(2) A plea that the arbitral tribunal does not have jurisdiction shall be raised not later than the submission of the statement of defence; however, a party shall not be precluded from raising such a plea merely because that he has appointed, or participated in the appointment of, an arbitrator.
(3) A plea that the arbitral tribunal is exceeding the scope of its authority shall be raised as soon as the matter alleged to be beyond the scope of its authority is raised during the arbitral proceedings.
(4) The arbitral tribunal may, in either of the cases referred it, in sub-section (2) or sub-section (3), admit a later plea if it considers the delay justified.
(5) The arbitral tribunal shall decide on a plea referred to in sub section (2) or sub-section (3) and, where the arbitral tribunal takes a decision rejecting the plea, continue with die arbitral proceedings and make an arbitral award.
(6) A party aggrieved by such an arbitral award may make an application for setting aside such an arbitral award in accordance with section 34.”
7. Consequently and in the light of the above, the court allows the present petition and appoints Shri Justice Mukul Mudgal, Chief Justice (Retd.), Punjab & Haryana High Court, as the Arbitrator.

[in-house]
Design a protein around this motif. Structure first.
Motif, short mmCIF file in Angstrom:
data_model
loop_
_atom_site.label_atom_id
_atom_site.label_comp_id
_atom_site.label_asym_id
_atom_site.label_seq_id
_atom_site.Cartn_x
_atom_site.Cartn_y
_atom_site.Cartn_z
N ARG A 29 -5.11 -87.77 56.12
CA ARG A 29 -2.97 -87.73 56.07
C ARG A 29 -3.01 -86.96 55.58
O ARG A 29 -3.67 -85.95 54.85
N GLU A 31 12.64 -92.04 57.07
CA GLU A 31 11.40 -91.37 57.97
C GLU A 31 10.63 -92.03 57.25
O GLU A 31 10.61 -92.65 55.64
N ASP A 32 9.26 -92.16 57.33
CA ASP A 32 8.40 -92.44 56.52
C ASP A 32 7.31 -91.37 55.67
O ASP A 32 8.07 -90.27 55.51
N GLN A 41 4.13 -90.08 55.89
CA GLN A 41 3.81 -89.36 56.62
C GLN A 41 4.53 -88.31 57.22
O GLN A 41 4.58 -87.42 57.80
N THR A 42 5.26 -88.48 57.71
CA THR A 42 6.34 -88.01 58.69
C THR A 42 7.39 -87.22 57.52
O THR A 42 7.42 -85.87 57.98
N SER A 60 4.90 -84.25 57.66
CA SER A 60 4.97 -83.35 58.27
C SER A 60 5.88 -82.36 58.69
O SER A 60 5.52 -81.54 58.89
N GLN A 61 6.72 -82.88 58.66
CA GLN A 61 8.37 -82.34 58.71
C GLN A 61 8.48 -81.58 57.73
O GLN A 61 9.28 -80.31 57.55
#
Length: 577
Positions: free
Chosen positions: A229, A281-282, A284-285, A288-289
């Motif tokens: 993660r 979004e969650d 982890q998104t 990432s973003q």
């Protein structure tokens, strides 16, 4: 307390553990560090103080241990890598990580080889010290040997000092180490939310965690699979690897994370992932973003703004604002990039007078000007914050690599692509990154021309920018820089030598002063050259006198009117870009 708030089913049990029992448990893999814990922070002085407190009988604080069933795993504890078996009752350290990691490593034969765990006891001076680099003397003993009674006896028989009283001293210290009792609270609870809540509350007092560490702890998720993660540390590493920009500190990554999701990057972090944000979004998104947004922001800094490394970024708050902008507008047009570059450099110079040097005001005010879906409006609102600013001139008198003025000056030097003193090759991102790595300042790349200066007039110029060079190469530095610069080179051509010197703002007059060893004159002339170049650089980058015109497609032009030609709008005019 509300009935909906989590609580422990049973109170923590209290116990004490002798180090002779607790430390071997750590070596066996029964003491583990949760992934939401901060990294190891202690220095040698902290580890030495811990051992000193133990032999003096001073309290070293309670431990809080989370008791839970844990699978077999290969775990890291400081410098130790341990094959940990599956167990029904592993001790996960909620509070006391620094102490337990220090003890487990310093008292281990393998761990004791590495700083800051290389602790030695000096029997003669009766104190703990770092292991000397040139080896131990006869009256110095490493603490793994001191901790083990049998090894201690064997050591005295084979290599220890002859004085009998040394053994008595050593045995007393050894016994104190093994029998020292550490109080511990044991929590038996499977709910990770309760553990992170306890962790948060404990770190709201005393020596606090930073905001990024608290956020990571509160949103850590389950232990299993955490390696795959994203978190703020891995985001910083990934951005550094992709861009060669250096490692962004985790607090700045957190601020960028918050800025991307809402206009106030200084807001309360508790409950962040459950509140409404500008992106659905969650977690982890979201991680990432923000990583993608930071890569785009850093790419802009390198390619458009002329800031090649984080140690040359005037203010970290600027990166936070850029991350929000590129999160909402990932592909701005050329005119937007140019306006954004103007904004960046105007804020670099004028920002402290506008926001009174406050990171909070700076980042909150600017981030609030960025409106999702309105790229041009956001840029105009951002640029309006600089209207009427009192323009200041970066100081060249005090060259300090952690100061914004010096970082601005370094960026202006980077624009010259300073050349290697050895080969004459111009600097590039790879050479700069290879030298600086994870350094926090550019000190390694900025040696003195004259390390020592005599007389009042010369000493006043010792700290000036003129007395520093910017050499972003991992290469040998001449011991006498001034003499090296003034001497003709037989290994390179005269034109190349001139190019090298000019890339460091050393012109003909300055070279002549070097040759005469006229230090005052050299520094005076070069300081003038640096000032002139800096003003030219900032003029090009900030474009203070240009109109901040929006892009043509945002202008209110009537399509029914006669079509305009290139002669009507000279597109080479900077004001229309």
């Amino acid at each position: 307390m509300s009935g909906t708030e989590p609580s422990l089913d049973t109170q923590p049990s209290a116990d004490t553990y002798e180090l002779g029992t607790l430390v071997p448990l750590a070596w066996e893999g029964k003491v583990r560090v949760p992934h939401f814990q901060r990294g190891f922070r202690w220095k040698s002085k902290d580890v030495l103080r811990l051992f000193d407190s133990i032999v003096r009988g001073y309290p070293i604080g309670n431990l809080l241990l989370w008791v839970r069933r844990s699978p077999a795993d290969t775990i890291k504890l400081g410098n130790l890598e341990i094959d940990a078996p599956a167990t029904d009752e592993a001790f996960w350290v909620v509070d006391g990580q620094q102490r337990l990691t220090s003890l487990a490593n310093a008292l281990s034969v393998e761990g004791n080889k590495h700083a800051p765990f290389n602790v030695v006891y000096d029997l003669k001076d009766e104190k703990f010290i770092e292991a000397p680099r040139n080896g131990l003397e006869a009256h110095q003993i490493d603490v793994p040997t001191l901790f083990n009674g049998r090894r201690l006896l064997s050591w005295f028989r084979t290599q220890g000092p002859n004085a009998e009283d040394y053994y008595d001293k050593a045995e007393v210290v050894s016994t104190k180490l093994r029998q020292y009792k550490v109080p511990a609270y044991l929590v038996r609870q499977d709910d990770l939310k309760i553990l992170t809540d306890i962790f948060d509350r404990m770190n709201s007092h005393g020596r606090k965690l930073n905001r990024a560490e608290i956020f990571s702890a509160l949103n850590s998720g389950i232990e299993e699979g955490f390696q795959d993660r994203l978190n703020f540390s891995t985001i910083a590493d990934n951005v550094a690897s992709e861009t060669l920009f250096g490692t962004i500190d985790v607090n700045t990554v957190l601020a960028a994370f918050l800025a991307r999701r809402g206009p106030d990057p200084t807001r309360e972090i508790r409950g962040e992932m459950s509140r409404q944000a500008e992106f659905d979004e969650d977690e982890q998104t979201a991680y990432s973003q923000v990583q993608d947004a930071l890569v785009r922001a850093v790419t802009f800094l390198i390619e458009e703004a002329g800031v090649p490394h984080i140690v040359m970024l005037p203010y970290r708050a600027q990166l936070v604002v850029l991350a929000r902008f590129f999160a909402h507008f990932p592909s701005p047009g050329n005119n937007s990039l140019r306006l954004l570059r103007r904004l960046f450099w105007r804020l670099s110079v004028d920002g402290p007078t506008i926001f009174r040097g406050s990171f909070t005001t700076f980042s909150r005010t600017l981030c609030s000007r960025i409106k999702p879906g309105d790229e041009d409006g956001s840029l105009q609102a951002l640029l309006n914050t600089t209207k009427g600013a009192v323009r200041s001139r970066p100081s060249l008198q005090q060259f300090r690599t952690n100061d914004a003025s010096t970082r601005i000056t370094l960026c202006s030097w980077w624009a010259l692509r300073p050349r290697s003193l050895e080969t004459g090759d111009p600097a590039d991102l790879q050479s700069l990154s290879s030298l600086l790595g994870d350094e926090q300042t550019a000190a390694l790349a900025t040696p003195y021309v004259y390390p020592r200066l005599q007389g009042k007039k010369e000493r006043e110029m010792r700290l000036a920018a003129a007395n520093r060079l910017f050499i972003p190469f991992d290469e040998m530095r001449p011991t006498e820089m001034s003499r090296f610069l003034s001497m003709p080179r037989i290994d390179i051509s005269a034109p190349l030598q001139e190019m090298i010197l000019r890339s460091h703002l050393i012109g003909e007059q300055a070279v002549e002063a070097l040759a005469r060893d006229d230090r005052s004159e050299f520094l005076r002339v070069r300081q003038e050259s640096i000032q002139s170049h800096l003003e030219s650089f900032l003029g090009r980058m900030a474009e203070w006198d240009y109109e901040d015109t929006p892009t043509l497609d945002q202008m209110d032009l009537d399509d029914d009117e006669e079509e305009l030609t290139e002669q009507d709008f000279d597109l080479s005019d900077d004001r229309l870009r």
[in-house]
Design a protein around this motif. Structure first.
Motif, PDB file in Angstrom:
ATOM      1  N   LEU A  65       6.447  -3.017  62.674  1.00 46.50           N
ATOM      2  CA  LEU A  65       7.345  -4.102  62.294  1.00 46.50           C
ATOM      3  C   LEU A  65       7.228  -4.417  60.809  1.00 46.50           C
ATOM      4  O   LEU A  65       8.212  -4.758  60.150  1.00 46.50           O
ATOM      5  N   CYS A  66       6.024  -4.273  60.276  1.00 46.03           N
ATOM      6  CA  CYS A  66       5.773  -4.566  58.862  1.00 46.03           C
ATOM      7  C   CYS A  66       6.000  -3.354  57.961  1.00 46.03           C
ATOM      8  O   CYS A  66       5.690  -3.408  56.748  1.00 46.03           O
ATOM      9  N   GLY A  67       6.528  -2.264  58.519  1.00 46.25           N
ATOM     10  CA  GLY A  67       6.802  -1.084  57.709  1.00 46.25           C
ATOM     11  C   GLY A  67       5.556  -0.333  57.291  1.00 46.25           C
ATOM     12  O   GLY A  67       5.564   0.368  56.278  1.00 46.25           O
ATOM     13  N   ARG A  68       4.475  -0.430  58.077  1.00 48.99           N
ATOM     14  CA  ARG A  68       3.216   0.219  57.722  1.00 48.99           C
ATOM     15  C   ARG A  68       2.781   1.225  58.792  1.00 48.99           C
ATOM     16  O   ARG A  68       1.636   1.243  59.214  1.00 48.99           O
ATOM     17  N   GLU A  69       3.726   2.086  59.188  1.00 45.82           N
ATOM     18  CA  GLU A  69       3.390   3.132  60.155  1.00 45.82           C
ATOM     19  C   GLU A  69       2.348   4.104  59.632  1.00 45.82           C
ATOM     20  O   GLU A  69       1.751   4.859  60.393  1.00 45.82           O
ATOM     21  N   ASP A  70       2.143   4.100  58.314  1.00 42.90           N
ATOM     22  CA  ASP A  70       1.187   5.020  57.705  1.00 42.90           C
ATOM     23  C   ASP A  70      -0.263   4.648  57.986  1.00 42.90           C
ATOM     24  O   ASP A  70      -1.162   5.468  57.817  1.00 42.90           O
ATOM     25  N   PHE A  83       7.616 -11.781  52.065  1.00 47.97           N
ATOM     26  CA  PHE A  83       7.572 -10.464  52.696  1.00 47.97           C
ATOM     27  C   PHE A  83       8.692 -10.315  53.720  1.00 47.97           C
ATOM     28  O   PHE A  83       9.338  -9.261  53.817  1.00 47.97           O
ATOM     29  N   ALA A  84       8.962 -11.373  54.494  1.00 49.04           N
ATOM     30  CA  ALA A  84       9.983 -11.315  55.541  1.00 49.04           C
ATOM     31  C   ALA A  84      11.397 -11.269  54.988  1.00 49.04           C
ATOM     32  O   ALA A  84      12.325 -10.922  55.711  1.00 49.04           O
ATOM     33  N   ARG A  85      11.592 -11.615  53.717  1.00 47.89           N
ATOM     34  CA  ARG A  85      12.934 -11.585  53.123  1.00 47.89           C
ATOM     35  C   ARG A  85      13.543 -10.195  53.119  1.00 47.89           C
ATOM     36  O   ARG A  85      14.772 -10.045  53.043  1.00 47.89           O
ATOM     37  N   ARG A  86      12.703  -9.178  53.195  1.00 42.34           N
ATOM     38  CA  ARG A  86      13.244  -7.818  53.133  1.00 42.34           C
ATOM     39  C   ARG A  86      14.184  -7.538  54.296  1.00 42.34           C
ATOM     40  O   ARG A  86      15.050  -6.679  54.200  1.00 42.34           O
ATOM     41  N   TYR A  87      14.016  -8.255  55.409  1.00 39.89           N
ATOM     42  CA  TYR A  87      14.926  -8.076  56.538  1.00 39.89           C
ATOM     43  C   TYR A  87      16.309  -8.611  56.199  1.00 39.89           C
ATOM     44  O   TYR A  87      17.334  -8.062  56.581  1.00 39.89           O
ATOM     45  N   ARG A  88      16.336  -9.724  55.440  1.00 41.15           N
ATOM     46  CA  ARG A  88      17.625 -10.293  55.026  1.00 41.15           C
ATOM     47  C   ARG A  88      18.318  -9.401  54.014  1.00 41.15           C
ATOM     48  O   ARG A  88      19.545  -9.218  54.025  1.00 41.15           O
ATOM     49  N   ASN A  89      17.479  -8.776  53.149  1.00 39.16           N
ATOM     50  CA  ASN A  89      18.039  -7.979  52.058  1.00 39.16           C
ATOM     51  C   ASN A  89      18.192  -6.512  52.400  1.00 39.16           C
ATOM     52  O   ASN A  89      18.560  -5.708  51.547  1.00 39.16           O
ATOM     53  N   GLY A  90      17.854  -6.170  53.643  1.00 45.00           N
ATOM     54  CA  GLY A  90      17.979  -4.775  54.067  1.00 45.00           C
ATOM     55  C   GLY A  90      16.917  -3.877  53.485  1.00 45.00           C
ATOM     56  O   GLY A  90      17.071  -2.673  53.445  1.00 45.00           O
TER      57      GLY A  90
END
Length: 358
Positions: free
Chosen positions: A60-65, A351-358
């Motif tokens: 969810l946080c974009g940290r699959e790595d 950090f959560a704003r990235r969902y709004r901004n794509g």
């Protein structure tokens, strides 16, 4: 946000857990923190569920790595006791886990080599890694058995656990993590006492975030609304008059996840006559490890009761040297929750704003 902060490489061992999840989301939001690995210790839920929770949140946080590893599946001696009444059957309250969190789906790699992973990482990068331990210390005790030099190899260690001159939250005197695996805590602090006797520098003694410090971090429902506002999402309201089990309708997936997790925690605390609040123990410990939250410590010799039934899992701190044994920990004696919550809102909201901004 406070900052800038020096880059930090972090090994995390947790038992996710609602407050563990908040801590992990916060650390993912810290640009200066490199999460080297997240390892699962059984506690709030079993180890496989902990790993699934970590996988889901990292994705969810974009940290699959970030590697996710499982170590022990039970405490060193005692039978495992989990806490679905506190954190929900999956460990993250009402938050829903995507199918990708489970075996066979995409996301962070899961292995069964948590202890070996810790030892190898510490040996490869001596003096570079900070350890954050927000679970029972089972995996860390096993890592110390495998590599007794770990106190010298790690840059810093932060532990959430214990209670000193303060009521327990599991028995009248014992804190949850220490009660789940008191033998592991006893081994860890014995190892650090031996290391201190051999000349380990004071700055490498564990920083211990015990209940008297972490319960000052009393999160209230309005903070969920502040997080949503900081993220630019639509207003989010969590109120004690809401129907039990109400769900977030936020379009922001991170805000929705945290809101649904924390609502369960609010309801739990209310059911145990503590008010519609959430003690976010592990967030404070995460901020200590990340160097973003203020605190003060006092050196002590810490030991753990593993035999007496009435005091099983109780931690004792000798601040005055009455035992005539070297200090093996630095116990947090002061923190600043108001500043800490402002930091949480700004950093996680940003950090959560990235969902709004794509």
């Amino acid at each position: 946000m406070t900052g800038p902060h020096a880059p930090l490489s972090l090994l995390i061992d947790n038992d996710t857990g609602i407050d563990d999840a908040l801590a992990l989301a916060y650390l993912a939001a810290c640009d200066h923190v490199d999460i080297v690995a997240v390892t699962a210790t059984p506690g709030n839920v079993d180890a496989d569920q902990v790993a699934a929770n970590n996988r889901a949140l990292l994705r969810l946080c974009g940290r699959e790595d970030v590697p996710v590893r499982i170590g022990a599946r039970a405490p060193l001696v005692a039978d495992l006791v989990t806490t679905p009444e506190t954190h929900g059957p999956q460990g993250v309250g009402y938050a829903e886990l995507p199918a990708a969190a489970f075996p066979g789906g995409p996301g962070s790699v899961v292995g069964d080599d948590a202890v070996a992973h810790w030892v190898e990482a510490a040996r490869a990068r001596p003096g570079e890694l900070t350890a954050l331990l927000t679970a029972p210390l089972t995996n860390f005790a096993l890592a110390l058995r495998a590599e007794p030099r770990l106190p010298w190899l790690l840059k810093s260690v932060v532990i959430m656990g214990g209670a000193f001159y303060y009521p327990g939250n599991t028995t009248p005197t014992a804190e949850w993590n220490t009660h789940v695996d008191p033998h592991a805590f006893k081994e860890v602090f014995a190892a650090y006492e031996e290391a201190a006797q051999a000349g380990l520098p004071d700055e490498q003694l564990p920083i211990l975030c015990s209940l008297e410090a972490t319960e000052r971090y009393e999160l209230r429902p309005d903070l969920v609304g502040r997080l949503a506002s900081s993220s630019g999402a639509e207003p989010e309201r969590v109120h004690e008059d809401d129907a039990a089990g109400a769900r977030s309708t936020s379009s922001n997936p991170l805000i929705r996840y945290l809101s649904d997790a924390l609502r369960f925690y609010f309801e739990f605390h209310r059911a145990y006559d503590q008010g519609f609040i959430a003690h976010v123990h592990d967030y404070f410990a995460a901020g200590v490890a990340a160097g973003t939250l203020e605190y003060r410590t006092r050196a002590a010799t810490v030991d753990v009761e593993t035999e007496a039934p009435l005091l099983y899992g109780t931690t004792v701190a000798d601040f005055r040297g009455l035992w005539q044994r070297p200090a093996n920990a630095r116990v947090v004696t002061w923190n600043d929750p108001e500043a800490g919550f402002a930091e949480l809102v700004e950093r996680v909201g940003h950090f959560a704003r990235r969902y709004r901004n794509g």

8. All the disputes including the disputes raised in the present petition are hereby referred to the learned sole Arbitrator. The learned Arbitrator shall be at liberty to fix his own fees/ remuneration/other conditions in consultation with the parties.
9. Let this order be communicated to the learned Arbitrator so that the arbitration proceedings can commence and conclude as expeditiously as possible.
10. The Arbitration Petition is disposed of accordingly.
………………….J. (RANJAN GOGOI)
OCTOBER 15, 2015
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Source: Supreme Court of India